I give a hat/tip to fellow redstater gamecock for e-mailing me this article that Rich Lowry wrote about Jim Piereson and his book Camelot and the Cultural Revolution. A snippet from the article
From a distance of nearly 50 years, the liberalism of 1960 is hardly recognizable. It was comfortable with the use of American power abroad, unabashedly patriotic, and forward-looking. But that was before The Fall.

In his eye-opening book, Jim Piereson argues The Fall was the assassination of President Kennedy. It represented more than the tragic death of a young president, but the descent of liberalism from an optimistic creed focused on pragmatic improvements in the American condition to a darker philosophy obsessed with America's sins. Echoes of the assassination -- and the meaning attributed to it by JFK's admirers -- can still be heard in the querulous tones of contemporary liberalism.

The real John F. Kennedy wasn't the paladin of liberal purity of myth. He was friends with Joseph McCarthy. In his 1952 campaign for Senate and his 1960 presidential campaign, he got to the right of his Republican opponents on key issues. "Kennedy did not want anyone to tag him as a liberal, which he regarded as the kiss of death in electoral politics," Piereson writes. As president, he was vigorously anti-communist, a tax-cutter and a cautious supporter of civil rights.

His kind of liberalism -- "tough and realistic," as Piereson puts it, in the tradition of FDR and Truman -- was carried away in the riptide of his death.


I let google be my friend and found an interview that Piereson had with NRO's John Miller. Here are a few snippets
MILLER: Isn’t it a little early to say that 11/22/63 mattered more than 9/11/01?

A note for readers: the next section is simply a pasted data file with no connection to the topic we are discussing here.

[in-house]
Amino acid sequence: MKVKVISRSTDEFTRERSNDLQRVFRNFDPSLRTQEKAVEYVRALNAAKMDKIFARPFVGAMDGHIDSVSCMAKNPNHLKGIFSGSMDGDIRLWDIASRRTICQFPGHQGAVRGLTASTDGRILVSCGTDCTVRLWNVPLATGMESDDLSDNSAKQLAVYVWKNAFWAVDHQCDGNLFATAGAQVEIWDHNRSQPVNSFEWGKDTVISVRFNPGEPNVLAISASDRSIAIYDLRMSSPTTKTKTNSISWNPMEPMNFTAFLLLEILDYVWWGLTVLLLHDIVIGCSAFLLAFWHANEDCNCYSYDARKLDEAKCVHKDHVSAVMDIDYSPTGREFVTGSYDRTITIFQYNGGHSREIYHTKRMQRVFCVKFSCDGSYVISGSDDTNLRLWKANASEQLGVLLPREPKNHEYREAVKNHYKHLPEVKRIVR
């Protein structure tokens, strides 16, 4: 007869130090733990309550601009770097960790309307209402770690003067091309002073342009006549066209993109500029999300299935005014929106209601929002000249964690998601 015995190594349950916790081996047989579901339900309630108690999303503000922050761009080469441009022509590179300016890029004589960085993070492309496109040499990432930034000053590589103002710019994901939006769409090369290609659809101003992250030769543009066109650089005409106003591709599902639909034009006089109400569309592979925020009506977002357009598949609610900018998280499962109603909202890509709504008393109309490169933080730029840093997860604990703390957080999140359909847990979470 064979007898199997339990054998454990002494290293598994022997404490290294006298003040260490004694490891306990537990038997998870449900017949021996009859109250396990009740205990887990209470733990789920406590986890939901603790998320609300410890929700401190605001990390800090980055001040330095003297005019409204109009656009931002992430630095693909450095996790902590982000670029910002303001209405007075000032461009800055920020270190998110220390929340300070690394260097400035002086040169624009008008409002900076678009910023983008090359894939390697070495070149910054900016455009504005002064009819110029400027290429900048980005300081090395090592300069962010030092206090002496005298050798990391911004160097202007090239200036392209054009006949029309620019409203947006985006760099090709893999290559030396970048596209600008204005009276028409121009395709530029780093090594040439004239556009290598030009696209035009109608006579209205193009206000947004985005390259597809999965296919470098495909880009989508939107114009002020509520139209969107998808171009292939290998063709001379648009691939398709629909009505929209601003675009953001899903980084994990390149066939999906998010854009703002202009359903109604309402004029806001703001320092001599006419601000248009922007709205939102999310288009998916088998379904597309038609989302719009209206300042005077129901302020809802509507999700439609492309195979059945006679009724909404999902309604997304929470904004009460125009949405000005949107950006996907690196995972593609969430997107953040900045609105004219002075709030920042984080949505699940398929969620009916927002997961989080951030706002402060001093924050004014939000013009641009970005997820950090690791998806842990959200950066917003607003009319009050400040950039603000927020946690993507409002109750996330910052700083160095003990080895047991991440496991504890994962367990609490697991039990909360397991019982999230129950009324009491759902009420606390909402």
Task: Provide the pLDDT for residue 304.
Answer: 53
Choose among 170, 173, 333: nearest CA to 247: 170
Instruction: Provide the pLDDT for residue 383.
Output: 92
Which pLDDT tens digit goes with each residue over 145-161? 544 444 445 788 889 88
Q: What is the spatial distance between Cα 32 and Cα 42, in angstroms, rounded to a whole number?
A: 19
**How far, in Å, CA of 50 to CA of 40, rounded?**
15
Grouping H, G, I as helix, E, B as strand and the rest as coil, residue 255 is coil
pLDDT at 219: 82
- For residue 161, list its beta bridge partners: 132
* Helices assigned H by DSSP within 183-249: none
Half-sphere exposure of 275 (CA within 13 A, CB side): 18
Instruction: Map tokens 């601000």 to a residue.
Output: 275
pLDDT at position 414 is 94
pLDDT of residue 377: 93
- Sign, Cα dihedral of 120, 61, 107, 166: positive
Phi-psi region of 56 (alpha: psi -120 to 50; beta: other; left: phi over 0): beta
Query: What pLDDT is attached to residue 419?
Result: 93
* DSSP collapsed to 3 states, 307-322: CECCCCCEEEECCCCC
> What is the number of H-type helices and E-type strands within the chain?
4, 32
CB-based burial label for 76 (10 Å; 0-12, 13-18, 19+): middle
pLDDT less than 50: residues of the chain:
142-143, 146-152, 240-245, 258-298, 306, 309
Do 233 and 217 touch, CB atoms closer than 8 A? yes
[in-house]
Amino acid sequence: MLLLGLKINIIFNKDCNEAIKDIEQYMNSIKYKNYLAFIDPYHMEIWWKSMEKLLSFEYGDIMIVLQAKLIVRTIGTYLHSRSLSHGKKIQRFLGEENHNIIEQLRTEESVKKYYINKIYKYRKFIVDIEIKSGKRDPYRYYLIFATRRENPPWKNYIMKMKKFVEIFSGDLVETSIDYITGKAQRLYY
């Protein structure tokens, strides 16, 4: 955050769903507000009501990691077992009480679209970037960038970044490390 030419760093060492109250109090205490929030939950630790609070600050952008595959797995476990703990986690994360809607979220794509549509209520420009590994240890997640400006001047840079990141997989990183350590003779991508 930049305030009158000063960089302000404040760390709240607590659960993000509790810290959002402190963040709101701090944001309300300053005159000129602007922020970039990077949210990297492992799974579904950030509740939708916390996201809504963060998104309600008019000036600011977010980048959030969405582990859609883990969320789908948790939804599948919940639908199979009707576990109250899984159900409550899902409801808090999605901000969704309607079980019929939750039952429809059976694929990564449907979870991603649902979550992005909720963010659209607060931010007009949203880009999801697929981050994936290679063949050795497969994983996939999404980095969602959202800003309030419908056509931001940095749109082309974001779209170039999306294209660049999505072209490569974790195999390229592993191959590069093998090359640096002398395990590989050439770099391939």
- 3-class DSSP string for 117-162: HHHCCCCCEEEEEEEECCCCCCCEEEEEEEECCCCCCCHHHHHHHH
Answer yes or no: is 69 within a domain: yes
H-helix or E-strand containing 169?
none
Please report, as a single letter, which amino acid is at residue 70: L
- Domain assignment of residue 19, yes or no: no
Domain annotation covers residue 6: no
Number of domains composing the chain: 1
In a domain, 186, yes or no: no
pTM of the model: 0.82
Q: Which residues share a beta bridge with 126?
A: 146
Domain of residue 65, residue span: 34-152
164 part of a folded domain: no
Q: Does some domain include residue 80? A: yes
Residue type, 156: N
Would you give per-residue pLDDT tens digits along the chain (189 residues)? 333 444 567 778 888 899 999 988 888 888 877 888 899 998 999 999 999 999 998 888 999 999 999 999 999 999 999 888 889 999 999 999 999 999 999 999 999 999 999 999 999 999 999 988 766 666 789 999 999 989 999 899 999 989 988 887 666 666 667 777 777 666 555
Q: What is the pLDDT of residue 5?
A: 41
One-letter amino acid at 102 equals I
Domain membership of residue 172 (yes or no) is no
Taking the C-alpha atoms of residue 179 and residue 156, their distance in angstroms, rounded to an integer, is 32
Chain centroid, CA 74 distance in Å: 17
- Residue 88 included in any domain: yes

PIERESON: No. We know from looking back over the decades that Kennedy’s sudden death cast a long shadow over American life, which I have tried to describe. Many of us thought that the terrorist attacks of 9/11 would also have great consequences for the way Americans looked at politics, the parties, and national security. In particular, some felt that the attacks might drive out of our politics the tone of anti-Americanism that had been a key feature of the American Left from the 1960s forward. That did not really happen. The liberal movement today remains far more the product of the 1960s than of the terrorist attacks and their aftermath. Indeed, the terrorist attacks now seem to have had very little effect on the thinking of American liberals who view the war on terror and the war in Iraq through the lenses of the Vietnam War. That is not true of conservatives. In that sense, the terrorist attacks have simply deepened the divide between liberals and conservatives. What is surprising, then, is what little enduring effect the terrorist attacks have had, particularly for liberals.

MILLER: Was JFK’s assassination more consequential than Abraham Lincoln’s?